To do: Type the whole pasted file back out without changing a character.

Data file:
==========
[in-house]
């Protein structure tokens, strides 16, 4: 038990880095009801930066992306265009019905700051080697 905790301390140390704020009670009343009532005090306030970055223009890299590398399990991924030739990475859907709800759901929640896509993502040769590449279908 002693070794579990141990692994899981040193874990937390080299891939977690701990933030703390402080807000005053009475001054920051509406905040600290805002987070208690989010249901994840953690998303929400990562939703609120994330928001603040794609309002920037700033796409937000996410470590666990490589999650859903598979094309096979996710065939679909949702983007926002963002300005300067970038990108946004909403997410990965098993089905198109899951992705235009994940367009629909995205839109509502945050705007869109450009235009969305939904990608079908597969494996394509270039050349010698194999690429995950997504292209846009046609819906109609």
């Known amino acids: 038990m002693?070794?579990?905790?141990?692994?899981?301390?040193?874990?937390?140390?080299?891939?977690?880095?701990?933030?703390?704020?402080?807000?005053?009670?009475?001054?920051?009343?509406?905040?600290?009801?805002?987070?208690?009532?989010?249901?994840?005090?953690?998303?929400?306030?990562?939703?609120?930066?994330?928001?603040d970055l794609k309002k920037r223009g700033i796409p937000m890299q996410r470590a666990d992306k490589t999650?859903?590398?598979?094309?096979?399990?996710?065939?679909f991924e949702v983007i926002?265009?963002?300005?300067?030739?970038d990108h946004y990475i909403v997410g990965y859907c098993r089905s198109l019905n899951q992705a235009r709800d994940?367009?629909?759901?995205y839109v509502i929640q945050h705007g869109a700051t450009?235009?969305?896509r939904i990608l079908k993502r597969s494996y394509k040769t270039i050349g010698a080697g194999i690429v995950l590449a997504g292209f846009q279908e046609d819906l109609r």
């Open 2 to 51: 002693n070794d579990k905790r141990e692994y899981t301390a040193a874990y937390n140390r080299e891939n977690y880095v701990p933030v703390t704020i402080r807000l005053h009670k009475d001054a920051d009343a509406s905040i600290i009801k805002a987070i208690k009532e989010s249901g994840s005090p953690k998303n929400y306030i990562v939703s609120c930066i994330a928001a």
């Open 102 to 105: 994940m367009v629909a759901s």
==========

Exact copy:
[in-house]
């Protein structure tokens, strides 16, 4: 038990880095009801930066992306265009019905700051080697 905790301390140390704020009670009343009532005090306030970055223009890299590398399990991924030739990475859907709800759901929640896509993502040769590449279908 002693070794579990141990692994899981040193874990937390080299891939977690701990933030703390402080807000005053009475001054920051509406905040600290805002987070208690989010249901994840953690998303929400990562939703609120994330928001603040794609309002920037700033796409937000996410470590666990490589999650859903598979094309096979996710065939679909949702983007926002963002300005300067970038990108946004909403997410990965098993089905198109899951992705235009994940367009629909995205839109509502945050705007869109450009235009969305939904990608079908597969494996394509270039050349010698194999690429995950997504292209846009046609819906109609």
């Known amino acids: 038990m002693?070794?579990?905790?141990?692994?899981?301390?040193?874990?937390?140390?080299?891939?977690?880095?701990?933030?703390?704020?402080?807000?005053?009670?009475?001054?920051?009343?509406?905040?600290?009801?805002?987070?208690?009532?989010?249901?994840?005090?953690?998303?929400?306030?990562?939703?609120?930066?994330?928001?603040d970055l794609k309002k920037r223009g700033i796409p937000m890299q996410r470590a666990d992306k490589t999650?859903?590398?598979?094309?096979?399990?996710?065939?679909f991924e949702v983007i926002?265009?963002?300005?300067?030739?970038d990108h946004y990475i909403v997410g990965y859907c098993r089905s198109l019905n899951q992705a235009r709800d994940?367009?629909?759901?995205y839109v509502i929640q945050h705007g869109a700051t450009?235009?969305?896509r939904i990608l079908k993502r597969s494996y394509k040769t270039i050349g010698a080697g194999i690429v995950l590449a997504g292209f846009q279908e046609d819906l109609r």
């Open 2 to 51: 002693n070794d579990k905790r141990e692994y899981t301390a040193a874990y937390n140390r080299e891939n977690y880095v701990p933030v703390t704020i402080r807000l005053h009670k009475d001054a920051d009343a509406s905040i600290i009801k805002a987070i208690k009532e989010s249901g994840s005090p953690k998303n929400y306030i990562v939703s609120c930066i994330a928001a």
């Open 102 to 105: 994940m367009v629909a759901s």